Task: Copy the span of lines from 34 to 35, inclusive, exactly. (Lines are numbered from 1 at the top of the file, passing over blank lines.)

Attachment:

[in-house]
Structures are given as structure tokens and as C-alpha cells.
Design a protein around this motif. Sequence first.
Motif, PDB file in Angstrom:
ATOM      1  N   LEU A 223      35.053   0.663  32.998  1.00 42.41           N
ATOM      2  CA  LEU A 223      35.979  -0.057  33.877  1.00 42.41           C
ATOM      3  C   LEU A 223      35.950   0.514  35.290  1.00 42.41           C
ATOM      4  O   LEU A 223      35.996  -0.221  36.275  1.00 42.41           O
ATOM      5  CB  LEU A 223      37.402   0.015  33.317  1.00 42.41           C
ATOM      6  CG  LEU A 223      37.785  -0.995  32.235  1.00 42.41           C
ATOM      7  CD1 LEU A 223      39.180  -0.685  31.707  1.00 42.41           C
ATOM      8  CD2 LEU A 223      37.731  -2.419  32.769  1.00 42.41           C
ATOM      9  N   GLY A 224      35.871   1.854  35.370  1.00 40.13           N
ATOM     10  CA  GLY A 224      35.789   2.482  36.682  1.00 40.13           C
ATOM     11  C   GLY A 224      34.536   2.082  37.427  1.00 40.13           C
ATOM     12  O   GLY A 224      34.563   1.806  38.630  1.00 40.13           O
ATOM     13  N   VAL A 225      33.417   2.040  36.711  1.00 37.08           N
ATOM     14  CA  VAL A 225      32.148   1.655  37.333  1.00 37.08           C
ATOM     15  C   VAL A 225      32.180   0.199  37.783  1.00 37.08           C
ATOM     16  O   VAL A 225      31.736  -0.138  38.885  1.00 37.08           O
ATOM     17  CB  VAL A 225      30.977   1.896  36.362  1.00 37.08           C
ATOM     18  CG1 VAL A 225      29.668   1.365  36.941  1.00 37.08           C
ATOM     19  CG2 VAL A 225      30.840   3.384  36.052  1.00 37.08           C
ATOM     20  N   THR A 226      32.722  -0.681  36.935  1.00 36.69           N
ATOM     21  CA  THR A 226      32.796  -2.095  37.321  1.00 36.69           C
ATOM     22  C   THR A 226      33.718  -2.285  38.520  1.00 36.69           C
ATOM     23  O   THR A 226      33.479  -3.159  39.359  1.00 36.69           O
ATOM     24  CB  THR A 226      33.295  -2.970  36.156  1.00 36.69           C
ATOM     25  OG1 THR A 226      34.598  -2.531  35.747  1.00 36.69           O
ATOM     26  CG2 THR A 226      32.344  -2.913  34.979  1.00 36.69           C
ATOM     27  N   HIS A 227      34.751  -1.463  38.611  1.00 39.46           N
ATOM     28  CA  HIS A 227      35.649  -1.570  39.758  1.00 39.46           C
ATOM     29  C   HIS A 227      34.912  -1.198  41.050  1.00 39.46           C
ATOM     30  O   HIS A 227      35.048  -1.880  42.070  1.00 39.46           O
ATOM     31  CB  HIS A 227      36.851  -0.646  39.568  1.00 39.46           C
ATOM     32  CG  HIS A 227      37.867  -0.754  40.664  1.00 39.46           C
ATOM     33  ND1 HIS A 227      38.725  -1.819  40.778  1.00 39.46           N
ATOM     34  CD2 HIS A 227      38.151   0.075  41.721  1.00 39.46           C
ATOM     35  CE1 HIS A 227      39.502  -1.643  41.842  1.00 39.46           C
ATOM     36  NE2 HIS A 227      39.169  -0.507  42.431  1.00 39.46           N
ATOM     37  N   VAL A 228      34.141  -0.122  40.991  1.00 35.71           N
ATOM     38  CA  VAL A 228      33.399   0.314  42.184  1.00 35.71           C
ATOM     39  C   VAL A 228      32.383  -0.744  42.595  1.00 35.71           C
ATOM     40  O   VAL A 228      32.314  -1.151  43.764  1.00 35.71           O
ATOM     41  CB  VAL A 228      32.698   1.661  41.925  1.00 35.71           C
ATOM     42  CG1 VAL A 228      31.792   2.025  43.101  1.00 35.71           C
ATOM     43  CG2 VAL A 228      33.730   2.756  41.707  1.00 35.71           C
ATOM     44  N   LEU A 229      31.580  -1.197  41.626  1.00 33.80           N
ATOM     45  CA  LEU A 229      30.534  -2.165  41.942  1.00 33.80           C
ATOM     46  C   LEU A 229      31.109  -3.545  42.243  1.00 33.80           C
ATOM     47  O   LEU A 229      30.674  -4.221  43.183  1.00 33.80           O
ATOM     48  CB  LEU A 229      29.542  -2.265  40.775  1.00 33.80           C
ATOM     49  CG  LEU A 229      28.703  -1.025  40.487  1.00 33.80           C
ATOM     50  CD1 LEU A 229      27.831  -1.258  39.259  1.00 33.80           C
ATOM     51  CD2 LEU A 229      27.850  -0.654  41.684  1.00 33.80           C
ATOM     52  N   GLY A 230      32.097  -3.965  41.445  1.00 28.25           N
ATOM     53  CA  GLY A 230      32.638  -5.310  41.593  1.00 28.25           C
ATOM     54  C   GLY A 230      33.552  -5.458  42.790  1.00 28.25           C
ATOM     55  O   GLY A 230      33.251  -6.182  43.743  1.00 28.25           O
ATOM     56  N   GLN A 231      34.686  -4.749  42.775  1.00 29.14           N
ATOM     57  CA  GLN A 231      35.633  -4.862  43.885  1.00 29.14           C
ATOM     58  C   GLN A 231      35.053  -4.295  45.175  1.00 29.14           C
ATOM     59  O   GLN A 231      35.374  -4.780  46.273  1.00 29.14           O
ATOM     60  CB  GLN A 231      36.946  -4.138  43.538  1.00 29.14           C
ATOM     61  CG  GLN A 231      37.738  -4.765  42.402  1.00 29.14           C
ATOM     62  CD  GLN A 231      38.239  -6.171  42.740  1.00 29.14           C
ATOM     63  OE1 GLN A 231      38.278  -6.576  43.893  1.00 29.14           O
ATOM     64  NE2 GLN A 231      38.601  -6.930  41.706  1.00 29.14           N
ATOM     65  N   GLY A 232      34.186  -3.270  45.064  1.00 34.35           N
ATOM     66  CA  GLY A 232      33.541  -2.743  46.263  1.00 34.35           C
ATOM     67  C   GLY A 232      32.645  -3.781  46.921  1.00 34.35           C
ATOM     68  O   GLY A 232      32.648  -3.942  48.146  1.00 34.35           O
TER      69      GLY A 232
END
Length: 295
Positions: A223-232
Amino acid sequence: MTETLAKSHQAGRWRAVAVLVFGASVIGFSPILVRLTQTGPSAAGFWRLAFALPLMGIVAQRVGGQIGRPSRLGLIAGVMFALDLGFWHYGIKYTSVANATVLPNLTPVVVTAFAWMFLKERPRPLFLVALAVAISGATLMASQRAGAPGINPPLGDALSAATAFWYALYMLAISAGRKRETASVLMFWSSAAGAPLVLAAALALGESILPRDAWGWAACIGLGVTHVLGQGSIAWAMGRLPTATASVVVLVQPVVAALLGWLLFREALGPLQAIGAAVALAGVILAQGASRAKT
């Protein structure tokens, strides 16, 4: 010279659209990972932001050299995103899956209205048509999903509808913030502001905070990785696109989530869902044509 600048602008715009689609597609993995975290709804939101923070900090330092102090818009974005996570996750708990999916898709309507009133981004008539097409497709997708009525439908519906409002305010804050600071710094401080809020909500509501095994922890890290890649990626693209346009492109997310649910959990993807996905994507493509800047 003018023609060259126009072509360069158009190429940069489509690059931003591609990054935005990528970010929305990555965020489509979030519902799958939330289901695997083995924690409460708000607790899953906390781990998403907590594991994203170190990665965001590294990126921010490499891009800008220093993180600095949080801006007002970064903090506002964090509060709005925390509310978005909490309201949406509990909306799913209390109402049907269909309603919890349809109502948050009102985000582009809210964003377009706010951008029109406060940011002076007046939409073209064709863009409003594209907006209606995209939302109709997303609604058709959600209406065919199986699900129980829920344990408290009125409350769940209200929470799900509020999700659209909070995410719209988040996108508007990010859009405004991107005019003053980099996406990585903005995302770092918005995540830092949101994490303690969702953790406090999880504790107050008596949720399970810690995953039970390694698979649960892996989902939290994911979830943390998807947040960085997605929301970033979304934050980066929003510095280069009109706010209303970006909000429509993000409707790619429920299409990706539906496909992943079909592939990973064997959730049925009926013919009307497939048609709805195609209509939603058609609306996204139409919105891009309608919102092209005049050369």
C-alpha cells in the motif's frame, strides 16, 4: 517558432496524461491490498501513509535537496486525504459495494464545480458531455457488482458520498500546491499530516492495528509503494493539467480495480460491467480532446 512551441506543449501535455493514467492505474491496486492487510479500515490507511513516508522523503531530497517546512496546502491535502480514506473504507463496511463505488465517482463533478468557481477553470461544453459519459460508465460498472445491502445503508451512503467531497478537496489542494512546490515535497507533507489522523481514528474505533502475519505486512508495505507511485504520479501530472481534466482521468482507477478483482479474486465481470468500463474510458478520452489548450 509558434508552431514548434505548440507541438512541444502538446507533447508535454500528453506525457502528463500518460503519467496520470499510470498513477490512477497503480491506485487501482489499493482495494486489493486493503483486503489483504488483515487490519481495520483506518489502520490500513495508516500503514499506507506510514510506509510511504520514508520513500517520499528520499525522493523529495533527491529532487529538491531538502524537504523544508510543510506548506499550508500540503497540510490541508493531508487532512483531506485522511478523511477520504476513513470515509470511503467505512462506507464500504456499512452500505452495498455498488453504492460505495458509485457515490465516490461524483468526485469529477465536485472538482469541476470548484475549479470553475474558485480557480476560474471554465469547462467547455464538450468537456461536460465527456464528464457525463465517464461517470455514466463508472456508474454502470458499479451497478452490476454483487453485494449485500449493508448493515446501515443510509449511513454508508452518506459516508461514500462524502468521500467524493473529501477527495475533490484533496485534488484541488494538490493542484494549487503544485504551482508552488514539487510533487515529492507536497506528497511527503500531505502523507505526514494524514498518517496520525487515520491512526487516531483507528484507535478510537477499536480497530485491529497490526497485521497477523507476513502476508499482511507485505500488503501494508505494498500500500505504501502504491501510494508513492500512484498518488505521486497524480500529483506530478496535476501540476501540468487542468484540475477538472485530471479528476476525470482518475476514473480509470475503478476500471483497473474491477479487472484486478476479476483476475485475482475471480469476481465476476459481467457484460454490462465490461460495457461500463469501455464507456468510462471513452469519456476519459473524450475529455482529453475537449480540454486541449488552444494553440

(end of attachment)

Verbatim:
ATOM     30  O   HIS A 227      35.048  -1.880  42.070  1.00 39.46           O
ATOM     31  CB  HIS A 227      36.851  -0.646  39.568  1.00 39.46           C